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Black Civil Rights

Martin Luther King, Jr. is remembered for his relentless effort as a civil rights activist to fight against the oppression of the African Americans. Luther was a dedicated American who used his eloquence and spirituality to give direction to his audience. Among the speeches delivered by Luther the most famous is ‘I have a Dream’ speech about jobs and freedom. Many years ago one of the most celebrated American leaders; Abraham Lincoln went down in history books by signing the Emancipation of Proclamation in January 1863 that would put to end slavery and oppression of the blacks in America.  

Power relations play an important role in the categorization of groups, where the ‘politically correct’ majority or in-groups dominate the oppressed minority or out-groups. Research by Matsueda and Drakulich states that people perceive racism as a product of three main issues: modern-day racism, administrative injustice, encouraged by the police, and heightened by racial discrimination by the political elite (177). According to King, over the years the black man continued facing racial injustices in total defiance to the sacred obligation of decree. The Negroes as observed by King do not have the right to vote, in order to elect their leaders; more so, the Negroes in Mississippi.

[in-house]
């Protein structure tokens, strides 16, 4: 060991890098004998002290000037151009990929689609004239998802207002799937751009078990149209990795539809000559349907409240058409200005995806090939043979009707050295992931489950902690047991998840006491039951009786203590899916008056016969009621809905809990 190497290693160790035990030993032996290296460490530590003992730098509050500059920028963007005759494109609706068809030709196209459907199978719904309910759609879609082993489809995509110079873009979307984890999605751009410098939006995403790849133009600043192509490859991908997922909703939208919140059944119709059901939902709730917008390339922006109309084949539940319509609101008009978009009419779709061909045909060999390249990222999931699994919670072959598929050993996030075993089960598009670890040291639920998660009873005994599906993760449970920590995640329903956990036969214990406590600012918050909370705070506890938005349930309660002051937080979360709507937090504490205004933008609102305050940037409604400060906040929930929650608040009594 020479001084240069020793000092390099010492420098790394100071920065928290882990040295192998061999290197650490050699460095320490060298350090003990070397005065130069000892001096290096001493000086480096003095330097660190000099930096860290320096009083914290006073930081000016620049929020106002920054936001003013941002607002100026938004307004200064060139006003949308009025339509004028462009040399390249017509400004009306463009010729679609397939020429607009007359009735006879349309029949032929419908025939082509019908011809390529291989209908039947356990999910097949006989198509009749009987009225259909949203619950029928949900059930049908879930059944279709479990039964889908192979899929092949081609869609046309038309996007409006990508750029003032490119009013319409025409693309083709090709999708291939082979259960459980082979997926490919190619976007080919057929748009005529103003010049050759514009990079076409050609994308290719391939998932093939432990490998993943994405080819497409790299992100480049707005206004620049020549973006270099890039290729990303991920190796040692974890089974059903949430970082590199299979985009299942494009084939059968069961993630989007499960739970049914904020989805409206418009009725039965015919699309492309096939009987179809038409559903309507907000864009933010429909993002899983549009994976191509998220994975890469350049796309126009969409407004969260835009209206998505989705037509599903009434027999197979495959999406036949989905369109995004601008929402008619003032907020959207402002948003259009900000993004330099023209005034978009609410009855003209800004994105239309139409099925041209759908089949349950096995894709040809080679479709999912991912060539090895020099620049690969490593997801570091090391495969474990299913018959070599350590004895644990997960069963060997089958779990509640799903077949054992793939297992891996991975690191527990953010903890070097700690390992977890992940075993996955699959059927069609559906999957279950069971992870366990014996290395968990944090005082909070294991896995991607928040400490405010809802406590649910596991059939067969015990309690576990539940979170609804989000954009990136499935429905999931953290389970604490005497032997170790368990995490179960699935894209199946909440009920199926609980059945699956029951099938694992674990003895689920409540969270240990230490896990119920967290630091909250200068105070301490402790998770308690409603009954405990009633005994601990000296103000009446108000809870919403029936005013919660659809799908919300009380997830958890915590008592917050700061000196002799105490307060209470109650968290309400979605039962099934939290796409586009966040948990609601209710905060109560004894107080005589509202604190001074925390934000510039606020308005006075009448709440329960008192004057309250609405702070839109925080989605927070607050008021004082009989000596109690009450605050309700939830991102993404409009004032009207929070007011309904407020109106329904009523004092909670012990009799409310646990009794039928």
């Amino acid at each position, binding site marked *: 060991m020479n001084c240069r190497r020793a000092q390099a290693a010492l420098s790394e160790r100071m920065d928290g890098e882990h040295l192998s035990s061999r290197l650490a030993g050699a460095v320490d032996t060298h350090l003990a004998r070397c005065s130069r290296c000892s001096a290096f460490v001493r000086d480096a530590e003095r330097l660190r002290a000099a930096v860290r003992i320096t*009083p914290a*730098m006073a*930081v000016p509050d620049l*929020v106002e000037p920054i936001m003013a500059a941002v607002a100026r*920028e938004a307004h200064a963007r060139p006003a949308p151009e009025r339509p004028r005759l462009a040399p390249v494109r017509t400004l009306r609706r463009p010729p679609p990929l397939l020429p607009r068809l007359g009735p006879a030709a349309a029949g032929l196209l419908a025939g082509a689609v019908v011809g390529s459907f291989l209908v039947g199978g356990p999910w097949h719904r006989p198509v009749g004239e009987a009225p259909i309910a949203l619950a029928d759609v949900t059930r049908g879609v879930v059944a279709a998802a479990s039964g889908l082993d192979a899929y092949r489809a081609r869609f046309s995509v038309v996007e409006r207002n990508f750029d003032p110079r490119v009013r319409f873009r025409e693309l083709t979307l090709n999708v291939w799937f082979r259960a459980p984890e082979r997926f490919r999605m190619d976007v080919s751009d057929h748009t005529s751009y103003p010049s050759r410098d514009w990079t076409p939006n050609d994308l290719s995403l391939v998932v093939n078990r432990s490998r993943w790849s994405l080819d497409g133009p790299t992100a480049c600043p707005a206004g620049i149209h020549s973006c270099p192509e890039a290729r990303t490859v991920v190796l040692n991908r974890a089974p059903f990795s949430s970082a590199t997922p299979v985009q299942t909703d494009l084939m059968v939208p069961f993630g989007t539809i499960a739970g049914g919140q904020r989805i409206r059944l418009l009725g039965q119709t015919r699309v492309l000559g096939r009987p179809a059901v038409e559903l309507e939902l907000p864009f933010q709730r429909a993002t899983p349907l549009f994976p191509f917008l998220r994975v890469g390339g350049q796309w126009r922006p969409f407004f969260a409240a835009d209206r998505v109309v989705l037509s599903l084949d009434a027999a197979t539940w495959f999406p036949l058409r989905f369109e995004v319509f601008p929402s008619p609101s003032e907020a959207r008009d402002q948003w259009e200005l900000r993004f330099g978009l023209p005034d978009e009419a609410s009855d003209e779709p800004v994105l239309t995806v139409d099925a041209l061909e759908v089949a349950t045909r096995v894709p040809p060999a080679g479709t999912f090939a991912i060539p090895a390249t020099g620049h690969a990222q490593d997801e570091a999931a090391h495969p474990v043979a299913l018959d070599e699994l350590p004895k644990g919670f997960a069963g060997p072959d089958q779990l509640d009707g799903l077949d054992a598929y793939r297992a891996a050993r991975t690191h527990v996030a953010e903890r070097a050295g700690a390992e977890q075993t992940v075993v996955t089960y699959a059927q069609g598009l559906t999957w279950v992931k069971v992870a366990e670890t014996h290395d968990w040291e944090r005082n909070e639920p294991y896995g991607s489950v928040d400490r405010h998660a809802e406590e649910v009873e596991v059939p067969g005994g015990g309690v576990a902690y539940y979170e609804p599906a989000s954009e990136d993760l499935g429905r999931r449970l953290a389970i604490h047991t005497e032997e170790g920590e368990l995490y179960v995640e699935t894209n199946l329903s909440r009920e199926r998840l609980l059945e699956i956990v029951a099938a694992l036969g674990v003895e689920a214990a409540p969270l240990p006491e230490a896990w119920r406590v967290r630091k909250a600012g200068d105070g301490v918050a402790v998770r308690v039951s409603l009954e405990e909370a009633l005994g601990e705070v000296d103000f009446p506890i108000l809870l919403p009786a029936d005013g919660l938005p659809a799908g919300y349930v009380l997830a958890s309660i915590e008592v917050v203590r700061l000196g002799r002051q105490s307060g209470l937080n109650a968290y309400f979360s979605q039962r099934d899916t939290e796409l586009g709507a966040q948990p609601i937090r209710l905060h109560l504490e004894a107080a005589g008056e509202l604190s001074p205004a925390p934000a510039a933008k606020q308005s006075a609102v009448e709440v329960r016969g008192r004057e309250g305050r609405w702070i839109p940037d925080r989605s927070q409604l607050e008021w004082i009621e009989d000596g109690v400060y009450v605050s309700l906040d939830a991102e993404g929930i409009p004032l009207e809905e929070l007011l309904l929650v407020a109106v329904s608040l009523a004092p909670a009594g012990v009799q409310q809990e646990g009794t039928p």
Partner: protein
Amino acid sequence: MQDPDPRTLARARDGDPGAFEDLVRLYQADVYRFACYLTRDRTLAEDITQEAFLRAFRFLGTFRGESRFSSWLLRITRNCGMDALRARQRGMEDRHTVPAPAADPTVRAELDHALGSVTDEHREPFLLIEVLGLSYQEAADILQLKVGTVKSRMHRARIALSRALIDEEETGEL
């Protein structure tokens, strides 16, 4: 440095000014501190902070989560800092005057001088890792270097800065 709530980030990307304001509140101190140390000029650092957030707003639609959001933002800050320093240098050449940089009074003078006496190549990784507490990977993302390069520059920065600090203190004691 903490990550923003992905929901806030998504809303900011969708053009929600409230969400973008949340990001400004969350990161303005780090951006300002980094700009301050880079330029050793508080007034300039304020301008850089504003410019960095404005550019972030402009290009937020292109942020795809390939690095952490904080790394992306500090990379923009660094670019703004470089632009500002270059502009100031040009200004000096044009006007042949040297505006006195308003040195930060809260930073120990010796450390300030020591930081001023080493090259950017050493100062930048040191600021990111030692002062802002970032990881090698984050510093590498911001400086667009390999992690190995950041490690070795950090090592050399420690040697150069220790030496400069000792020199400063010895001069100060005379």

In America, the speaker observes that after more than a century, the passage of the Emancipation Proclamation did not bring freedom to the African Americans. Segregation and discrimination against the African Americans is still ripe in the wake of new era. In addition, the out-group is still locked in abject poverty at a time when the in-group Americans prospered in material wealth. The black civil rights movement ought to restore the dignity of the African Americans by ensuring that they are not viewed as slaves in their own country. However, as much as King advocates for the rights of the Negroes, he warns, “In the process of getting the rightful place, we have to not feel guilty of our wrongful deeds. For example, As noted by Cole and Omari, (2003), “Even under the slavery, there have already existed the ‘mulatto elite’, a part of the Black people who, by the virtue of their blood relations and light skin and to the White, the slave-owning class, received such benefits as assignment of the choice work tasks” (786).

There is a ray of optimism that the Whites and Blacks can propel a single cause, living up to their respective destinies by pulling together. This is evidenced by the presence of White Americans during the delivery of the ‘I have a Dream Speech’. In the speech, King concludes by stressing the importance of unity, which will ultimately lead to freedom of not only the Black community, but also the entire American society. This must happen according to King for America to remain the greatest nation.